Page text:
• For private companies there is no public market for shares and, therefore, there usually is no way to realize the value of options until a liquidity event occurs. If there is a short window on post-termination exercise, the executive may feel compelled to exercise the options to preserve the potential for value upon a future liquidity event. However, this will require a cash outlay for both the exercise price and the income tax due on the spread. For these reasons, in a private company, the longest possible post-termination exercise right will be desirable, and, as an alternative, a restricted share arrangement involving subordinated equity should be considered.


• Is “cause” tightly defined or does it include broad language such as, “or other comparable conduct as determined by the board of directors”?

• Cause should be restricted to unethical or grossly negligent conduct and should not apply when there has been good faith effort but disappointing results.

• Must the company give the executive notice of conduct alleged to be cause and an opportunity to cure?

• Is there a “good reason” provision that allows the executive to terminate as a consequence of a breach by the company and receive the same severance as would apply had the company terminated the contract without cause?3 If the company requires the executive to relocate, the executive should be able to invoke the right to terminate for good reason.


• If the contract does not give the company the right to terminate absent cause, and if it does not provide for severance, then the executive’s rights are governed by basic contract law. Thus, a termination without cause by the company would constitute a breach of contract, entitling the executive to the benefits of the contract for the balance of the term, subject to a duty to mitigate.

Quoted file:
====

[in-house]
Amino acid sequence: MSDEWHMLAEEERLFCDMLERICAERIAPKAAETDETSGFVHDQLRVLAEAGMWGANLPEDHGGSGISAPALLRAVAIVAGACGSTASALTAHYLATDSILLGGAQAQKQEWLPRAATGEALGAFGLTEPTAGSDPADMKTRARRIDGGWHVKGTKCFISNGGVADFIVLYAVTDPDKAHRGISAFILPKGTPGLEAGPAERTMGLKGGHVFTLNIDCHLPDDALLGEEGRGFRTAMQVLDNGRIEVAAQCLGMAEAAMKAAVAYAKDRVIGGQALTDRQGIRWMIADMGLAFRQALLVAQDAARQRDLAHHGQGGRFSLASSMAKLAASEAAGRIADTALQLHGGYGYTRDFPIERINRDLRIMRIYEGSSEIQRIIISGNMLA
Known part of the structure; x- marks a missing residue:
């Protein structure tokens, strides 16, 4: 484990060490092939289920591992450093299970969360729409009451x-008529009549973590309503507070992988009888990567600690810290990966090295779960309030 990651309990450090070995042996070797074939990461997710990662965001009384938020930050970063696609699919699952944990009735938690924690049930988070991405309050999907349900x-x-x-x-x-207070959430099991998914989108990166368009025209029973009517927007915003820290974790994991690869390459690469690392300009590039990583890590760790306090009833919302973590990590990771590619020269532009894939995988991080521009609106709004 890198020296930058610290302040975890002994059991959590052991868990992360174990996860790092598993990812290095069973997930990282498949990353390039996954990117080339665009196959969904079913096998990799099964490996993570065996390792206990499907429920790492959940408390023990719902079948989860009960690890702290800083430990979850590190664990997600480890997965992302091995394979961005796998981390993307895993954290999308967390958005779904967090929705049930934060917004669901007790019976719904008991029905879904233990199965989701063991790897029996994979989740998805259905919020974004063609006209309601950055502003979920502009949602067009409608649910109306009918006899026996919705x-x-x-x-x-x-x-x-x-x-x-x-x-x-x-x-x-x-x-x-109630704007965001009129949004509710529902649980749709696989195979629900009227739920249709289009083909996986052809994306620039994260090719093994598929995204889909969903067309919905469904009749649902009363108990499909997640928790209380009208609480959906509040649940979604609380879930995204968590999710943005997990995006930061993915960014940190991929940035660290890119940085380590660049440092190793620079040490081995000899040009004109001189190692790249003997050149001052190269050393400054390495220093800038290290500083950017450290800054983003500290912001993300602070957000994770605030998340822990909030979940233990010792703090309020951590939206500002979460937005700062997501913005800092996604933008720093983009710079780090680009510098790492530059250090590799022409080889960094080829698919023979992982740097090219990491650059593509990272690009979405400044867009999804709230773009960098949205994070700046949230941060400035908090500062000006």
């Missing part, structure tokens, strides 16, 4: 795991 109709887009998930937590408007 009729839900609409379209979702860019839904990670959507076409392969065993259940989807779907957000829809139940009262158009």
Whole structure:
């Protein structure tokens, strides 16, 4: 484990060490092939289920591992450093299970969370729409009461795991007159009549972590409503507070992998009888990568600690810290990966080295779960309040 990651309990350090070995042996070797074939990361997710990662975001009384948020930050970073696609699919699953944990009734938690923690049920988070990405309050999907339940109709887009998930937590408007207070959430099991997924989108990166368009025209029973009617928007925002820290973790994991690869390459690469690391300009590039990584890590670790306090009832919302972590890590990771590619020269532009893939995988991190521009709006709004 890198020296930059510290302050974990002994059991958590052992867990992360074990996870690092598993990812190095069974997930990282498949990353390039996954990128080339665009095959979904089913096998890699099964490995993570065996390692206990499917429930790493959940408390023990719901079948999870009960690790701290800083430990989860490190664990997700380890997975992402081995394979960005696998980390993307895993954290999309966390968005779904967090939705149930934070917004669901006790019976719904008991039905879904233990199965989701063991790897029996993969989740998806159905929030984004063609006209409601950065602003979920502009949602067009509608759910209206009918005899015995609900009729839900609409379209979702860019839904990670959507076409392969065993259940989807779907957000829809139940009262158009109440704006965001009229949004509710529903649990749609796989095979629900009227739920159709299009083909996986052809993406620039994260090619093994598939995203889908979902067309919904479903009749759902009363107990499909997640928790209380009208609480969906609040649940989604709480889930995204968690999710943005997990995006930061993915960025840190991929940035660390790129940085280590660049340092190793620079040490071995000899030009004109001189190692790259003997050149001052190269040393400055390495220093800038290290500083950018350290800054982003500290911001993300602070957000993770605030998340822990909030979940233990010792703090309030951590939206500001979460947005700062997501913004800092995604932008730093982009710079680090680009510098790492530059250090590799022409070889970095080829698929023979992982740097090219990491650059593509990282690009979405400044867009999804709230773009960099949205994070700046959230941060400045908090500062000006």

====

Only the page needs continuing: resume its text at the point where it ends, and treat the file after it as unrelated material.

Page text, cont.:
• If the contract contains a severance provision, do not assume that the company’s severance obligation runs for the full balance of the term. This obligation often is capped.

• Is there a minimum period for which severance will be provided (so that if there is a termination without cause with only two months left in the term, severance nevertheless will continue for a longer period)?

• If the term comes to an end and the company declines to extend the executive’s employment, is the executive entitled to severance?

• If there is an established company severance policy for non-contract employees, does the contract provide that in no event is the executive to receive less? An executive with many years of service may have a substantial severance entitlement by virtue of company policy and, therefore, little incentive to enter into an employment agreement.

• Base salary protection is usually provided for, but what about continuing benefits and bonus entitlements? What happens to equity incentives?

• Is there a duty to mitigate (i.e., and obligation for the executive to seek other comparable employment) and a right of offset if the executive secures other employment while severance otherwise is payable?

• Is severance payable over time or in a lump sum? A lump sum payment obviates issues of mitigation and offset.


• Is the executive barred from accepting a competing position for a period of time following the termination of employment even if the contract has run for its full term? Restrictions of this sort are generally disfavored by New York courts, but since a new employer does not want to become enmeshed in a lawsuit, such restrictions can have an in terrorem effect.

• Following a termination without cause, what is the consequence of the executive accepting a competing position? Some severance provisions state that by accepting a competing position, the executive completely relieves the company of its severance obligation without regard to how much the executive will earn in the new position.


1 A termination made for a discriminatory reason can result in liability, however, and severance policies expressed in an employee manual or resulting from a course of dealings may result in an obligation on the part of the employer.

2 Although no one can be forced to work for a particular employer, an executive who is under contract can be prevented from working within the same industry during the term of the employment agreement and, potentially, could be sued for damages should the executive refuse to perform.

3 The executive will, of course, have contractual rights if the company breaches the terms of the employment agreement. Incorporating a “good reason” definition will usually simplify the determination of whether a breach has occurred and clarify the financial consequence of the breach.